Bush won the counted vote in Ohio by 136,000 votes. If Kerry won 247,000 uncounted votes by 78 percent, then he won Ohio, the Electoral College and the presidency. If only 155,000 provisional ballots are considered, of which 90 percent were valid, as was the case in 2000, then Kerry would need 99 percent of them — an impossibility. Practically speaking, Ohio will not recount automatically (including the “spoiled” ballots) unless the margin closes to well under 20,000 — an event requiring Kerry to get 92 percent of the valid provisionals. And while a substantial Kerry majority among the provisional voters is likely, it’s almost surely not as high as that. Since many red counties used punch cards, there is no clear reason to suppose Kerry enjoys an equally large lead as far as spoiled ballots are concerned.
In Ohio, where the increase in voter turnout favored both candidates almost equally, the exit polls were not so wrong. It was a very close race. At least one identified case of vote miscounting (in Gahanna, Ohio, favoring Bush by almost 4,000 votes) has been acknowledged. Other serious allegations have been made. All in all, therefore, the demand that all Ohio’s votes be counted before the electors are certified is a reasonable one. However, it remains true that the odds against overcoming Bush’s present lead in votes cast are fairly decisive.
2. Was The Election Fair?
The vote in Ohio raised another issue, yet more serious for the future. Was the election conducted fairly? And, in particular, what effect did new machine technologies, used in many parts of the state, have on the vote? That forces us to consider the votes that were not cast.
Kerry did very well in Ohio. By the method described in the previous section, he exceeded his “expected vote” — based on Al Gore’s 2000 performance — by nineteen full percentage points. This was better than Bush’s gains in the state, which were seventeen points above expected values, in a state where turnout rose by just under ten full percentage points, from 53 to nearly 63 percent. Kerry’s campaign had a terrific ground operation, which had canvassed his strong neighborhoods repeatedly and knew his voters. If Kerry lost the state, it was because Bush did just well enough so that Kerry could not quite overcome the deficit with which he’d started. Yet — as I wrote earlier — a scandal of this election became clear to me personally at 6:30 PM on election day, as I drove a first-time voter to her polling place in south Columbus. We arrived to find voters lined up outside, three and four across, for about a hundred yards, in the rain. Later the line moved indoors; we were told that the wait had averaged two hours for the entire day. By the time the doors closed at 7:30 PM, it was considerably longer.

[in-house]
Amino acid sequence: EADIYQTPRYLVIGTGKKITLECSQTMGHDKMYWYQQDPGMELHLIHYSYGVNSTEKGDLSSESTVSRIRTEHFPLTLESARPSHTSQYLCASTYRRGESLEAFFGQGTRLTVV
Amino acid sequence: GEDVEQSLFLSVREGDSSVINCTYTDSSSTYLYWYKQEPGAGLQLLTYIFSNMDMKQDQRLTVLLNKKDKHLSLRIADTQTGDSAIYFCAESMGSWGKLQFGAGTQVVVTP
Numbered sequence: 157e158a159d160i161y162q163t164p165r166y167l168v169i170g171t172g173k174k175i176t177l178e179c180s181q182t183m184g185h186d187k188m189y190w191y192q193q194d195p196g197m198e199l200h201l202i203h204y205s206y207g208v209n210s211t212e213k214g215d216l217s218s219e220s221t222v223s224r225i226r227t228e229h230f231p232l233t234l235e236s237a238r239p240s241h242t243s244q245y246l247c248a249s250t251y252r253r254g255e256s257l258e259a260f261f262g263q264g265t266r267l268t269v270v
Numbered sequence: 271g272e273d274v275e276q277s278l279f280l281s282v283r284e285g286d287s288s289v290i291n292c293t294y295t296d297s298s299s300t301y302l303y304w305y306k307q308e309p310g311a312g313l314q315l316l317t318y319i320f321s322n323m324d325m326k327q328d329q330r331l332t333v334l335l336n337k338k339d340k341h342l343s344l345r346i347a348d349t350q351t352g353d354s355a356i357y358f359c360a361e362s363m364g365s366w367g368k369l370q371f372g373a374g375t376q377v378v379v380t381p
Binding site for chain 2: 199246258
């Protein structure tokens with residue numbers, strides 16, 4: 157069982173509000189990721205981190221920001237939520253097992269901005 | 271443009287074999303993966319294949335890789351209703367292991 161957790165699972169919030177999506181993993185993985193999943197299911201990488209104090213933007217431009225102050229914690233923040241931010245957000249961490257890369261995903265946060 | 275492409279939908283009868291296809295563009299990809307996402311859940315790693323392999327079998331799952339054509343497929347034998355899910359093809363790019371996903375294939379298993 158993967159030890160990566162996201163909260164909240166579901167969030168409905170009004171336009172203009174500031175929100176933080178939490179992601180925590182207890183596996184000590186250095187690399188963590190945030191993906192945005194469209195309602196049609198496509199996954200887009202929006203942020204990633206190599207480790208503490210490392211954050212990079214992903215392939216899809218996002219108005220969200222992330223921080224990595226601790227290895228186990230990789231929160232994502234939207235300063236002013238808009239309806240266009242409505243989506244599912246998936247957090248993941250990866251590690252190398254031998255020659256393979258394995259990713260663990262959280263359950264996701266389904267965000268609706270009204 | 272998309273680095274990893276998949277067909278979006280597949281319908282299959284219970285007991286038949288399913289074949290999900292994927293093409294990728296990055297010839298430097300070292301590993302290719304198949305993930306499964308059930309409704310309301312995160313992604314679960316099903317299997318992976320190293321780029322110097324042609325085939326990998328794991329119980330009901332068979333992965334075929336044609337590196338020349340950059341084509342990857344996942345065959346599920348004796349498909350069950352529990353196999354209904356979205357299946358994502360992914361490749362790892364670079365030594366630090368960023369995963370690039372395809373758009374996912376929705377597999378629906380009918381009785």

Why such a line? The turnout — on average in the state, twenty percent above the previous base — was a factor. But in Franklin County high turnout was entirely in line with rising registrations, and the Election Commission obviously knew about it. The real problem was a grotesque shortage of voting machines. At Finland Elementary, where three precincts voted, an election officer told me that the smallest had some 400 registered voters, the middle-sized one had more than 800, and the largest had “thousands.” Voters were being limited to five minutes to finish their ballot, and because of its length and complexity most were using the full time.
Each precinct had two functioning voting machines. The largest precinct was supposed to have three machines. One was broken at the opening, and later replaced with another machine that also did not function. Five minutes per voter means twelve voters per machine per hour. Ohio polls were open for thirteen hours, for a maximum throughput of 156 voters per machine, or 312 voters per precinct in this case. That’s barely enough for a 75 percent turnout in the smallest precinct of the three. And the lines for all three precincts were jumbled together — so even if your machine was ready for you, you had to wait.
This situation played out all over the city of Columbus on election day, with lines reported at ninety minutes to two hours from start to finish. One of my drivers spent two and a half hours accompanying a single elderly voter to the polls. Commentators marveled at the turnout. But you cannot judge from the lines. You have to know the number of machines and the time it takes to vote. In relation to registrations, turnout in Franklin County was only 2 percent higher in 2004 than in 2000 — by far the lowest proportionate gain of any major county in Ohio. While Kerry won Franklin County, he could have done much better. Vote suppression worked, in the face of the greatest get-out-the-vote drive I’ve ever seen. Raising the increase in turnout of registered voters to ten percent (as happened in Cuyahoga County) would not have made the difference in the state.